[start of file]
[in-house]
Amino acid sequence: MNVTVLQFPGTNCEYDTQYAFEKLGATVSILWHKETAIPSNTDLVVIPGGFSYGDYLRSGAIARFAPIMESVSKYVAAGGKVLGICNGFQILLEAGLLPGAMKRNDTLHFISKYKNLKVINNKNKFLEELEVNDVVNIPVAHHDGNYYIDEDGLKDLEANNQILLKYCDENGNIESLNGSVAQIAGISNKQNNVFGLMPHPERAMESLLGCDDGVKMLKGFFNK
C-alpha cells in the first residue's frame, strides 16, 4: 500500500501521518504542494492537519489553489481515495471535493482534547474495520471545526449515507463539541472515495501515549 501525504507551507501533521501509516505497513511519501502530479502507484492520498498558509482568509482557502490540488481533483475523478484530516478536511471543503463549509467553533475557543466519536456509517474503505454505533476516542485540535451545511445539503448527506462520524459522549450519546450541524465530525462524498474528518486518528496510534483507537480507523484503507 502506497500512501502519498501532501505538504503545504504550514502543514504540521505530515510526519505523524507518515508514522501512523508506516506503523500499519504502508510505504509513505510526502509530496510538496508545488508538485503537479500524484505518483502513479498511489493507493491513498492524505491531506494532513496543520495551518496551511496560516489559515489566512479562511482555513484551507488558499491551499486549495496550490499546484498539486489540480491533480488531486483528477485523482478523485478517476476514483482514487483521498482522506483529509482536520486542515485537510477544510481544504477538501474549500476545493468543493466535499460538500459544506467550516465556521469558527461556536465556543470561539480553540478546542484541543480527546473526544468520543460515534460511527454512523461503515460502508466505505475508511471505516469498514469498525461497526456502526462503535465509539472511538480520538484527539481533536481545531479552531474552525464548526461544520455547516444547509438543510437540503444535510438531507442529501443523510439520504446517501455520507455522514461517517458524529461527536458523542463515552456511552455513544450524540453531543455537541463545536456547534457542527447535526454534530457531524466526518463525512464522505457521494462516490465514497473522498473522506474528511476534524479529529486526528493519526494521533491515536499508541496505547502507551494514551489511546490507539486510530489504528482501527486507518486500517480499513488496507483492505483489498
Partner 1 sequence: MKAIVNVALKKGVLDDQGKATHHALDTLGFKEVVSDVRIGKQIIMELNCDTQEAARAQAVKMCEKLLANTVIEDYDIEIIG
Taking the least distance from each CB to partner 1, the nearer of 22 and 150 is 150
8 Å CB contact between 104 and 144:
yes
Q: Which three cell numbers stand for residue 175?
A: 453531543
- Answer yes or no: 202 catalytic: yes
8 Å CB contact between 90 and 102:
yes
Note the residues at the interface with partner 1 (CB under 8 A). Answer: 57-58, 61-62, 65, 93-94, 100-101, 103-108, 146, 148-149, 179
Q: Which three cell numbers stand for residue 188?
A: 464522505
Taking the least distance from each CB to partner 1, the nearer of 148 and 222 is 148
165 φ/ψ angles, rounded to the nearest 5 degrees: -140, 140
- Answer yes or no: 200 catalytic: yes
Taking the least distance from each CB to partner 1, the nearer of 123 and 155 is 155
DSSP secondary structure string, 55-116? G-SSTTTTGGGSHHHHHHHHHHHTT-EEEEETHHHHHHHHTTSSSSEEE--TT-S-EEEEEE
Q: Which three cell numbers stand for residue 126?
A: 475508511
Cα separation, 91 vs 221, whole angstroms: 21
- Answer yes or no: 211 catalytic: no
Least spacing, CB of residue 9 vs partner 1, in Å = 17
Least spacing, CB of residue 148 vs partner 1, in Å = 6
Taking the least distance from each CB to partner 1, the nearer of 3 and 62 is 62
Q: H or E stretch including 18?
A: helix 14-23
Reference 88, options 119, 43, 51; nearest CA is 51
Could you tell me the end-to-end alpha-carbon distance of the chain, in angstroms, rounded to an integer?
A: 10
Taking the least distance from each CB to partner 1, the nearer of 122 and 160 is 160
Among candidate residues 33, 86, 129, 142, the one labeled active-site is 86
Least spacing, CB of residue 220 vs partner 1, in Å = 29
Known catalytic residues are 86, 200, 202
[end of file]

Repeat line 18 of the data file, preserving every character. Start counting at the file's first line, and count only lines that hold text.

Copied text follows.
- Answer yes or no: 200 catalytic: yes